Nontraditional Soil Amendments
Slag is a by-product of the steel industry and consists primarily of calcium silicate minerals. Slags have nearly the same ability to neutralize soil acidity as agricultural limestone, and they have been used extensively as soil liming materials. There are two kinds of slag, air cooled and water quenched. Water-quenched slag is cooled rapidly with water, which causes the material to “pop” and generates porous, granular particles. Slags should be used just like conventional ground agricultural limestone. Application rates should be based on soil test liming recommendations and the calcium carbonate equivalency (CCE) of the slag. Most slags have a CCE in the range of 80–100 percent. As with any liming material, the fineness of the product is an important consideration. Both conventional agricultural limestone and slag react very slowly with soil acidity unless the material is finely ground. Ideally, the slag should meet the fine-sized specification for Pennsylvania agricultural liming materials. For a discussion of CCE and fineness of liming materials, see “Soil Acidity and Liming” in Section 1.2, “Soil Fertility Management.” Before using slag as a liming material, be sure it has been analyzed for CCE and fineness.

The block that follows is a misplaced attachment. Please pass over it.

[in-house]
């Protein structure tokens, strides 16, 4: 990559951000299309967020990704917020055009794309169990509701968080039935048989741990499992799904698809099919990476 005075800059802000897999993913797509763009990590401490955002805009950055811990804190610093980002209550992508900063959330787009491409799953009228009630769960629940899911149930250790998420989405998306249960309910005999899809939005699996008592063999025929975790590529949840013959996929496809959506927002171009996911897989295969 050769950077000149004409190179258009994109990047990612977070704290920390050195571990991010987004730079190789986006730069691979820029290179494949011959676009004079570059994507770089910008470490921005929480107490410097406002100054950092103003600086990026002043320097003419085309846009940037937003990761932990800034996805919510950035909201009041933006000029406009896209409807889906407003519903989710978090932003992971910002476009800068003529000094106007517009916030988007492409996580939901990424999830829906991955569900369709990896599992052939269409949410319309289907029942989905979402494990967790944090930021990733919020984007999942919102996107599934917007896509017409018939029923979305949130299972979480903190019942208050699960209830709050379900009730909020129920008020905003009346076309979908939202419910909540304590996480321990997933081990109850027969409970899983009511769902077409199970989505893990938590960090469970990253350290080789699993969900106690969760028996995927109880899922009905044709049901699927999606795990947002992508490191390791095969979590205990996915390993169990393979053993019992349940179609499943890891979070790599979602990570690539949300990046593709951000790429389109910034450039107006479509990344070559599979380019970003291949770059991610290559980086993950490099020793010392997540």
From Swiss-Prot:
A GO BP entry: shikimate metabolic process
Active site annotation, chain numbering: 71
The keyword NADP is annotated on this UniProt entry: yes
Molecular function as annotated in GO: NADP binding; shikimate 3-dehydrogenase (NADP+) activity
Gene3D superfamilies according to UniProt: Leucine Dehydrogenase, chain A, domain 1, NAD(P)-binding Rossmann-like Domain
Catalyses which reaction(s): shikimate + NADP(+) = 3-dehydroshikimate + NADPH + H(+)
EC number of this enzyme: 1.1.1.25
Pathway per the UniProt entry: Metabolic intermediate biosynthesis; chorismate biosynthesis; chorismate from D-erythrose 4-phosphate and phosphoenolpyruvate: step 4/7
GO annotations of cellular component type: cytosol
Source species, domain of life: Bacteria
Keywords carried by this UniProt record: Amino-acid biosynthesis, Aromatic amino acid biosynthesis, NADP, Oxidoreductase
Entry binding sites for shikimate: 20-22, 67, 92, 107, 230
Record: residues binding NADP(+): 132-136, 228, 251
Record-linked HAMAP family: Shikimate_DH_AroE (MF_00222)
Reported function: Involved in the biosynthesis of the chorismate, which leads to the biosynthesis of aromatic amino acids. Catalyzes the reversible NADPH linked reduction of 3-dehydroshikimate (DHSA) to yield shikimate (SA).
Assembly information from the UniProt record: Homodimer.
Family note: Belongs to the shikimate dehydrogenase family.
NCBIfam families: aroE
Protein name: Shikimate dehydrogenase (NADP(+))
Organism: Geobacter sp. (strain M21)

Some slags may contain elevated concentrations of trace metals such as iron, cadmium, chromium, copper, lead, molybdenum, nickel, and zinc. Concentrations of these metals will vary in slags from different sources. All of these metals occur naturally in soil, and many are essential plant nutrients. If concentrations in the slag are similar to soil concentrations, they present no problem. If they are present at substantially higher concentrations in the slag than in the soil, repeated application of the slag could significantly increase soil concentrations of the metal in soil. This possibly could lead to plant toxicity, increased plant uptake and transfer of metals to animals or humans, or to other environmental problems. Before using a slag, be sure to obtain several laboratory analyses of the total concentrations of these trace metals in the slag.